Chocolate Chip Cookies (Grain Free, Gluten Free, Paleo, Primal)

Chocolate Chip Cookies via #paleo #grainfree

Grain free baking is the best! The ingredients and methods are usually very simple. There’s no worry about over-mixing and causing too much gluten to form. The cookies don’t spread all over the pan and the cakes never rise too high. In most recipes, you can pour all the ingredients into a food processor, mixer or even a blender, whirl away, pour them into a pan and you’re done! Cakes, muffins, pies, cookies – all of them – have turned out to be very uncomplicated.

If you’ve had a fear of baking or some bad experiences in the kitchen, well, now’s the time to pull out those mixing bowls and give it another try. These cookies are the perfect place to start. There aren’t any scary steps and the dough can be mixed by hand. No special equipment required!

Chocolate Chip Cookies via #paleo #grainfree

One word of advice about grain free baked goods – we have to be careful about how much we consume because most contain large quantities of nut flours. These nut flours contain high amounts of omega-6 fatty acids. While omega-6 fatty acids are good for you, in excess, they can cause problems. It’s a good idea to keep your omega-3 consumption (from foods like organic butter, pastured beef, pastured eggs, raw organic cultured or fermented dairy, fish, etc.) twice as high as your omega-6 consumption to avoid possible inflammation.

Now, back to the cookies! They’re best the day they’re baked, as they’ll get a little moist as time goes on. They aren’t crumbly, so they work well in a packed lunch. I made these with Honeyville blanched almond flour. I’m not a fan of the phytic acid in the skins of my almonds, so I recently switched over to blanched almond flour. One last thing – you might want to make a double batch, because these little beauties won’t last long!

Chocolate Chip Cookies (Grain Free, Gluten Free, Paleo, Primal)

Serving Size: Makes twelve 3 - inch cookies

Chocolate Chip Cookies (Grain Free, Gluten Free, Paleo, Primal)

I tested these with both butter and coconut oil and our family preferred the butter. To make these into GAPS legal cookies, simply omit the chocolate chips and add in some mix-ins of your own.

Adapted from Elana’s Pantry.



Preheat oven to 350ºF and adjust rack to middle position. Place almond flour, coconut flour, gelatin, baking soda and sea salt in a medium mixing bowl. Whisk together. Whisk butter, honey and vanilla in a large measuring cup and pour into dry mixture. Stir until a dough forms. Stir in chocolate chips. Using a 2” cookie scoop, scoop the dough and place each dough ball on a baking sheet lined with parchment paper. Press each dough ball down so the diameter of the cookie is now 3”. Bake for 12 minutes until just golden brown on the edges. Cool for 5 minutes. Serve.

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  1. Stephanie Cook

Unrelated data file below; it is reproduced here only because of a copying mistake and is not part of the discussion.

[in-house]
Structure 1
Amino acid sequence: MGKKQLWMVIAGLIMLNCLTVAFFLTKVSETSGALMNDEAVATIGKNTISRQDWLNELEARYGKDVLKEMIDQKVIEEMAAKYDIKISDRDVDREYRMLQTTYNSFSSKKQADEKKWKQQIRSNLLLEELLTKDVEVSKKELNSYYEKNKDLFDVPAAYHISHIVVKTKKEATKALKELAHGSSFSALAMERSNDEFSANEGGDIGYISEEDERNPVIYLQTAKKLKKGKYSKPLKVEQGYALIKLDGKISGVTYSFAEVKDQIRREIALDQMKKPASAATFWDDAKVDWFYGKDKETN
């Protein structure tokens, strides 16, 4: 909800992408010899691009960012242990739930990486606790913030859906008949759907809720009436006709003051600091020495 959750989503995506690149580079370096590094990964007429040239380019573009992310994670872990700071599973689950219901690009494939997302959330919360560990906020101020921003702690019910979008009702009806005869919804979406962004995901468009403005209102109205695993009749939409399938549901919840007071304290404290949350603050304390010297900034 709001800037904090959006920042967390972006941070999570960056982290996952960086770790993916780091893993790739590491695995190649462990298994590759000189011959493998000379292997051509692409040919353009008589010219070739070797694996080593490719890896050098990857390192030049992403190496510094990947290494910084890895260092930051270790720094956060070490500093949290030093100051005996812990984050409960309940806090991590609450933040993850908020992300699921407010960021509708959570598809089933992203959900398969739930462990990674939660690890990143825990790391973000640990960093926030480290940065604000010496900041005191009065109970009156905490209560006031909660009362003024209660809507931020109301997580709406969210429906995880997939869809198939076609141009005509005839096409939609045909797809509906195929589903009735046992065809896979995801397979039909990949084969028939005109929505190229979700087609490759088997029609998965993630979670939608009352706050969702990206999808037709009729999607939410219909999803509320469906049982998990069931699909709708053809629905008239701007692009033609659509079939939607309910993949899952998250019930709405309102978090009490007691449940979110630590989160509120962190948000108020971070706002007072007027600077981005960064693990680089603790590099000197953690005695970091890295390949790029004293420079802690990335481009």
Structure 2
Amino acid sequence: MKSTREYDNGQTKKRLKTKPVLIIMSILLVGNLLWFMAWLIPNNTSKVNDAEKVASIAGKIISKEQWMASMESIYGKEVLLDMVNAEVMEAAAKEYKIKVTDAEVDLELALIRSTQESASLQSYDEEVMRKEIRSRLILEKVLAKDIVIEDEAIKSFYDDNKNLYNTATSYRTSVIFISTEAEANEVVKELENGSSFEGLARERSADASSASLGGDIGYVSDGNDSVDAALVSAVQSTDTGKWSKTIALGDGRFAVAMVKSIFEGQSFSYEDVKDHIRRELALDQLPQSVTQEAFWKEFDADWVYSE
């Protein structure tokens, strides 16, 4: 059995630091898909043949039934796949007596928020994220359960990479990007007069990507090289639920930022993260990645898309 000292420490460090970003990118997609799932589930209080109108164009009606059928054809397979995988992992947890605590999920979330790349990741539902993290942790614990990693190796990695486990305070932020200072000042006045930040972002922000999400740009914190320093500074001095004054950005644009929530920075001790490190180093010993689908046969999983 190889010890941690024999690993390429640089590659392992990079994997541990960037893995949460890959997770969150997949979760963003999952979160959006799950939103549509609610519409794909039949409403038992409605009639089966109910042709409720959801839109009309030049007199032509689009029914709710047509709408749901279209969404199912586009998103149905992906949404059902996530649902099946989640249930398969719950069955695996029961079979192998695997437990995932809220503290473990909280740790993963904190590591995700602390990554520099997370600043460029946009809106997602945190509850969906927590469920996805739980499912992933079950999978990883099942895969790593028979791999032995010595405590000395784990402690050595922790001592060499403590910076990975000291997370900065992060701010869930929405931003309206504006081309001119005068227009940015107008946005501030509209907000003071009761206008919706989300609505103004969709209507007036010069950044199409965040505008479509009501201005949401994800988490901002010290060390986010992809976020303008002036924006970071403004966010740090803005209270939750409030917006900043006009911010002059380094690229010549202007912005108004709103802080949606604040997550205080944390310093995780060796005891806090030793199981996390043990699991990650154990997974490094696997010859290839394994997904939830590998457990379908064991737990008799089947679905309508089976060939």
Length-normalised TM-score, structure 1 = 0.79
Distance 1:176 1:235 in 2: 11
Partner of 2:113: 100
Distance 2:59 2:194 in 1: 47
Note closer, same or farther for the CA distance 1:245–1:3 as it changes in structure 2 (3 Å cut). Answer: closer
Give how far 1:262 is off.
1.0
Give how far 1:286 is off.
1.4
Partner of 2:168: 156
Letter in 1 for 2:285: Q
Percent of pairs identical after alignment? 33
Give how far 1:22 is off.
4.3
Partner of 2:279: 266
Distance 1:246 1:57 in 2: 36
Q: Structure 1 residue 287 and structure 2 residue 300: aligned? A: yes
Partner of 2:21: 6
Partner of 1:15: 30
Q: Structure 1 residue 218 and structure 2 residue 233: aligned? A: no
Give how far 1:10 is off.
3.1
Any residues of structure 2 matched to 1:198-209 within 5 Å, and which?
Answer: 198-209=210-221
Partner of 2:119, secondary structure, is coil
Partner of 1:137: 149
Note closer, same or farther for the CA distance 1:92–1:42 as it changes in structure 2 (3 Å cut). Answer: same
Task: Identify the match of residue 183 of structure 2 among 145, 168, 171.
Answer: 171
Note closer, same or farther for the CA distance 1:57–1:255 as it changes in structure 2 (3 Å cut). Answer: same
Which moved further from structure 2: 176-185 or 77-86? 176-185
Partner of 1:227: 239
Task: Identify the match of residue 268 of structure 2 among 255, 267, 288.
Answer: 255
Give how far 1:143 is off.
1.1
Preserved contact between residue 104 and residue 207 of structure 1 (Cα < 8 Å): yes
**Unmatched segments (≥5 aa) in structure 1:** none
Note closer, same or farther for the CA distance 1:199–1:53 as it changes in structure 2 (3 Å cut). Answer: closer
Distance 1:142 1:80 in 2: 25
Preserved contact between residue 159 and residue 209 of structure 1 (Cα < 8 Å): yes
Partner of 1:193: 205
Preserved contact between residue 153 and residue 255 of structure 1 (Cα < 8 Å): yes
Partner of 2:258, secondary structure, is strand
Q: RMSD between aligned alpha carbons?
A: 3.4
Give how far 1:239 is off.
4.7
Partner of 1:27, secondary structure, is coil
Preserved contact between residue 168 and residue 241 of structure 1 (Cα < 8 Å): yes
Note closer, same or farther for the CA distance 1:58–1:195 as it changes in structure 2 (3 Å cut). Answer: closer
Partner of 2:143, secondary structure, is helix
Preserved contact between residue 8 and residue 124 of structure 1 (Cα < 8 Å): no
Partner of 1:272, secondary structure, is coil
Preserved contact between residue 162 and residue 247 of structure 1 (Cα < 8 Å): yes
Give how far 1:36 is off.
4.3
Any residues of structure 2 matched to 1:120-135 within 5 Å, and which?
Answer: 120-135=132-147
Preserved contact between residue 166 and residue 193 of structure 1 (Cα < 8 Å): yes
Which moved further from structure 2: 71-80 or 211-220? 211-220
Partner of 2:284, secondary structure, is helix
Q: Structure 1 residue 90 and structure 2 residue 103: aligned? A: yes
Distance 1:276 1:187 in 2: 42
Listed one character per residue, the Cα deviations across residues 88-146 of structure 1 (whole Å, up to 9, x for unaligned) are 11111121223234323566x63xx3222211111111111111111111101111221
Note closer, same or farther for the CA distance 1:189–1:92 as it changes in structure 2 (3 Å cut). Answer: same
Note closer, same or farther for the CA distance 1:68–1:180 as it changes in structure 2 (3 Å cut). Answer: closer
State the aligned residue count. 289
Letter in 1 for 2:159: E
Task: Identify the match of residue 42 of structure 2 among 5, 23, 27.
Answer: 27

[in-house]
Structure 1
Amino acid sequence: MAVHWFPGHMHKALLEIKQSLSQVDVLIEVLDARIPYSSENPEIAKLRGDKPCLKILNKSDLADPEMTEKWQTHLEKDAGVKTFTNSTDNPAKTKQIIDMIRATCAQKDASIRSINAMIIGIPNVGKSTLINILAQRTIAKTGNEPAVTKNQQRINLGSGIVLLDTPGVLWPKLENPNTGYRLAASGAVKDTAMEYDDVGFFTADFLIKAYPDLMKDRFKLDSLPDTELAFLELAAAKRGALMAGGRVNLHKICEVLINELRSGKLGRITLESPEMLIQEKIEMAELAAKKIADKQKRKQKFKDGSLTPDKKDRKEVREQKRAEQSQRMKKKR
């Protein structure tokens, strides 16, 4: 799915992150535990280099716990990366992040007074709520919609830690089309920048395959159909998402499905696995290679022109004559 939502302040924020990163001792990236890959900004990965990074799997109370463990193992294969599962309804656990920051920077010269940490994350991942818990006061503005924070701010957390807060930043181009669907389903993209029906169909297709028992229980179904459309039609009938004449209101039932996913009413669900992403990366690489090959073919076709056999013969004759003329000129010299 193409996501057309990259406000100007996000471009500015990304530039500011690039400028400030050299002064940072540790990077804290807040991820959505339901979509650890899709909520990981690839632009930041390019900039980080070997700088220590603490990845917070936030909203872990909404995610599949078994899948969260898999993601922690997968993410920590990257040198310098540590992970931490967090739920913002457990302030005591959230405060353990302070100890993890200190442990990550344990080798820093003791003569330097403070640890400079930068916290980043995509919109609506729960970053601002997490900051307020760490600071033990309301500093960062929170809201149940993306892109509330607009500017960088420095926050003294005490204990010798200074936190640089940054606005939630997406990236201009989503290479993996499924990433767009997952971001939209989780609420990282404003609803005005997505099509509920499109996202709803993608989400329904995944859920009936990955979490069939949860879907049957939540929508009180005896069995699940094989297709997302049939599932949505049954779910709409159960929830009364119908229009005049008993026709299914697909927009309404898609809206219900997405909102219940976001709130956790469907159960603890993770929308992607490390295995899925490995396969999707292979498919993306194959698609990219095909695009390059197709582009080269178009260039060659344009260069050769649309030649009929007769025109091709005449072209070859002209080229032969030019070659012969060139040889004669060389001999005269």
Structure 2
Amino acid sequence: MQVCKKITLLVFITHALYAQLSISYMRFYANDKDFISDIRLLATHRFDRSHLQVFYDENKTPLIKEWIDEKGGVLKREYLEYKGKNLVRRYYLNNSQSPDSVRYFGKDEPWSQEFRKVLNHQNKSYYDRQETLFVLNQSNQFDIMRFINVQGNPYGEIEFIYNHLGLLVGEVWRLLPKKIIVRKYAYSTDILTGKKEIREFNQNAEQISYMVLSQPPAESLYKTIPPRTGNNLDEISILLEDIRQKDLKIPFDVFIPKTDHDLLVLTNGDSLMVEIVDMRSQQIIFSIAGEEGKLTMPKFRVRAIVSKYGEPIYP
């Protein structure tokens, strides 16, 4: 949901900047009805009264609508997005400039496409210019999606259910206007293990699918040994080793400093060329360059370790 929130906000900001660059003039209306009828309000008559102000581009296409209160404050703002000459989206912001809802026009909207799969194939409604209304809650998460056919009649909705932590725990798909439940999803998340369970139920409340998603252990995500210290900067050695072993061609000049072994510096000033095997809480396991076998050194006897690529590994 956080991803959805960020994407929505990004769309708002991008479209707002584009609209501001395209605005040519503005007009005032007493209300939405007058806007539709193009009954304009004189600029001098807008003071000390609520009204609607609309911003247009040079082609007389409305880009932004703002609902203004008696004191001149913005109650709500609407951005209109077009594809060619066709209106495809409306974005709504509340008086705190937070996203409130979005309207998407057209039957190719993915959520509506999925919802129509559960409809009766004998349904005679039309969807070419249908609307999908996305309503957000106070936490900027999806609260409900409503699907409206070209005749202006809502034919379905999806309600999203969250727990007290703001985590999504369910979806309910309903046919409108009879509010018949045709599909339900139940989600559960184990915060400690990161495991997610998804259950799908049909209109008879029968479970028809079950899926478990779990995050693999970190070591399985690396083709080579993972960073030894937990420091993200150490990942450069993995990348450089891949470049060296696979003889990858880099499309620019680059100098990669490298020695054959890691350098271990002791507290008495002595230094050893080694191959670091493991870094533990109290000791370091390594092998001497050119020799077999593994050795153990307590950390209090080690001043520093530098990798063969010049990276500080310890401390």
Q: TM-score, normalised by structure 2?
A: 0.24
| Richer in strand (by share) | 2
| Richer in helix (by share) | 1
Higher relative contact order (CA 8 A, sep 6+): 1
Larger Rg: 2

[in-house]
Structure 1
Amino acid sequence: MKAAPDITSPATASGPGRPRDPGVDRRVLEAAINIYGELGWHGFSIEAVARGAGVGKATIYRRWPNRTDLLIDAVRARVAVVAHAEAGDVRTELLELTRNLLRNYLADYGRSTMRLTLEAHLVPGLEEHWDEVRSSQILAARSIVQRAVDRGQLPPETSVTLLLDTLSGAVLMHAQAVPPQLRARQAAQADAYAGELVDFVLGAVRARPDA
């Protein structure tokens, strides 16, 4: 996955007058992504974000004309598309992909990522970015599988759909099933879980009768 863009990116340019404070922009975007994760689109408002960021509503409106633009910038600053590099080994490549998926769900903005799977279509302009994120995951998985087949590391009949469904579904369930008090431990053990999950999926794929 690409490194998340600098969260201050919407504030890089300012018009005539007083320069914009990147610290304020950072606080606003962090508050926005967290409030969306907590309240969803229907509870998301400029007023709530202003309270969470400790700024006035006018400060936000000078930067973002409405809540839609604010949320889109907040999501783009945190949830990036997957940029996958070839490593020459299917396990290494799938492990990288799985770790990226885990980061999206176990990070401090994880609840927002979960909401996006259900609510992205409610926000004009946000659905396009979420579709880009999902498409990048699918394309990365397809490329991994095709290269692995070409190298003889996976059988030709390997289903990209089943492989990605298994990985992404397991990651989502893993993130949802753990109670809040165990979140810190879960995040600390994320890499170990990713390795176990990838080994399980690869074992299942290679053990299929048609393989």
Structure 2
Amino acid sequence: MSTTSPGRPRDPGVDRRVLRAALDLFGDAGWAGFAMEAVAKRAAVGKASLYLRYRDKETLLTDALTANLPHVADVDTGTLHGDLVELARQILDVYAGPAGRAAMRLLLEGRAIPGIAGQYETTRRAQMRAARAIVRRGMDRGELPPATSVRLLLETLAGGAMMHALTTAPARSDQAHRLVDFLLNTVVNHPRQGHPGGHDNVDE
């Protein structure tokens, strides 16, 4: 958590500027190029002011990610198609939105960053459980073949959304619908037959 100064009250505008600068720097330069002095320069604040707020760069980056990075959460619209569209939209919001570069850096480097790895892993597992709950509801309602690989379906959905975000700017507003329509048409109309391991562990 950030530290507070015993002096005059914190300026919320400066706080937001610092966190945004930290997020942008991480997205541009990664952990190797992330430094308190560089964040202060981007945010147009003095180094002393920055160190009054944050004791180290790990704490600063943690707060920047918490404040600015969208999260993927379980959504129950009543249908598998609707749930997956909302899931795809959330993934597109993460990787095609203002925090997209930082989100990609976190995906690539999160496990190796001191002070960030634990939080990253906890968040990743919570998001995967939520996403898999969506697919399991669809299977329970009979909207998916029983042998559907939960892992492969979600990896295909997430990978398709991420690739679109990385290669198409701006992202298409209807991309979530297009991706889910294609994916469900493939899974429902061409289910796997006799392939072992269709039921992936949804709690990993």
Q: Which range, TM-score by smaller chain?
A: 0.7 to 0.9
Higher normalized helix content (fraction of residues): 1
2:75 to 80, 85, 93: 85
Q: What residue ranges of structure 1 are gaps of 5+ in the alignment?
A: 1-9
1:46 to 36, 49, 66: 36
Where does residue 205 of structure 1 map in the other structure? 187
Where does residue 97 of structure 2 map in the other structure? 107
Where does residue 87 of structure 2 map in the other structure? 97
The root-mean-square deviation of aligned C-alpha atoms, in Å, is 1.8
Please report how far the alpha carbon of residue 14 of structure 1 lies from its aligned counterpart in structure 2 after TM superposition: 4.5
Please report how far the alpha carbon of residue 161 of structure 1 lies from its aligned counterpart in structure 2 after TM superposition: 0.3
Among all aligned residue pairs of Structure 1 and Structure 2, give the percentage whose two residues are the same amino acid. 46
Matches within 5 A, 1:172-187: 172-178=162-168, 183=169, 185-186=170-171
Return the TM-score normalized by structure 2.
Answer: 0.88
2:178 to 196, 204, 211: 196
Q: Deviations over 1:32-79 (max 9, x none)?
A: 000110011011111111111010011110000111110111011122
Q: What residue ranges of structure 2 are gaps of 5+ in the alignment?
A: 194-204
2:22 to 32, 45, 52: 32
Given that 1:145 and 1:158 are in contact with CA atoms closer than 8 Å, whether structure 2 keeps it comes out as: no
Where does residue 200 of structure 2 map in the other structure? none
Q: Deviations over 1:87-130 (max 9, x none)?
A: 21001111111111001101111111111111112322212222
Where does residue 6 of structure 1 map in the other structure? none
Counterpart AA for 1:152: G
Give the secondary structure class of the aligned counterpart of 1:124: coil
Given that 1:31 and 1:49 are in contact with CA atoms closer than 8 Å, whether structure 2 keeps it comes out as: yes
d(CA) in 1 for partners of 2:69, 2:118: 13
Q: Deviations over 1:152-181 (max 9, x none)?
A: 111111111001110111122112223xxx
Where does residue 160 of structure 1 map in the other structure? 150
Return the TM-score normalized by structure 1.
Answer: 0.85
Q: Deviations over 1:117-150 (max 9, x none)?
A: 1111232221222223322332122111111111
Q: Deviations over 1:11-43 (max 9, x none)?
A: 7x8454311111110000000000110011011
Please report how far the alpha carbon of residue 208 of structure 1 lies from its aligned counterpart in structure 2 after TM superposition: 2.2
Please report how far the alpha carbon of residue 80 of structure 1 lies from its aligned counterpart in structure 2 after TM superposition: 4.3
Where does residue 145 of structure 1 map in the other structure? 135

They look so good! I made your pumpkin chocolate chip muffins last week just a couple of days before you reposted. They were a huge hit at home and work. This will be our next goodie. Thank you sooo much!

  2. karen

    Help! I want to make these now :o), but I don’t have blanched almond flour. Can I use almond meal? should I sift it? or process it for a bit to make finer, then sift. Appreciate any suggestions. :)

      • karen

        I made them today, I used the TJ’s almond meal and I sifted it. They are delicious! Although, I would definitely like to make them with the blanched almond flour the next time. Yours look like they are a little lighter in consistency more like a flour based cookie. But, when I get a “10” on a cookie from my husband, all is good! He is currently going back for more :)

  3. These look so great Carrie- I am always fascinated at the ingredients you use to get everything just right- you are like a mad scientist! (gelatin!?) very cool- I always pass on your recipes for my mom and dad who are gluten free- but I would like to try these too :)

  4. Catt

    I really like your other grain-free chocolate chip recipe, which I mix by hand. Sometimes I use maple sugar or even sucanat, when I’m feeling less strict.
    My question is if you have any storage tricks for almond flour cookies and muffins? If I put them in a container, they get so soft and mushy. A bit better if I leave the lid cracked. Any ideas? Thanks.

  5. i made this over the weekend, using brown rice flour in lieu of coconut flour (cus man, that stuff is PRICEY!). i opted to go with your version vs. elana pantry’s because of your use of the gelatin & option to use coconut oil. it turned out delicious. i did not miss the gluten and tho i never ever eat raw cookie or cake batter, i sampled a taste of the batter. utterly delightful.

    i am attempting going gluten free this month, my question is have you ever switched the flours before? what i mean is, almond flour is also expensive, what if i used 2 cup brown rice flour instead & added 2 TBL of the almond flour? i would like to try it, for experiment sake, without completely blowing my grocery budget.

    thank you for sharing this recipe!

  6. Melissa

    You have said these cookies freeze well. Do you know if the dough freezes well? I like to freeze my cookie dough on a cookie sheet then transfer them to a container. This way I can just make a few at a time. The chocolate is always melty and delicious and I avoid overeating. So back to my original question, will the dough freeze nicely? Thanks!

    • Deliciously Organic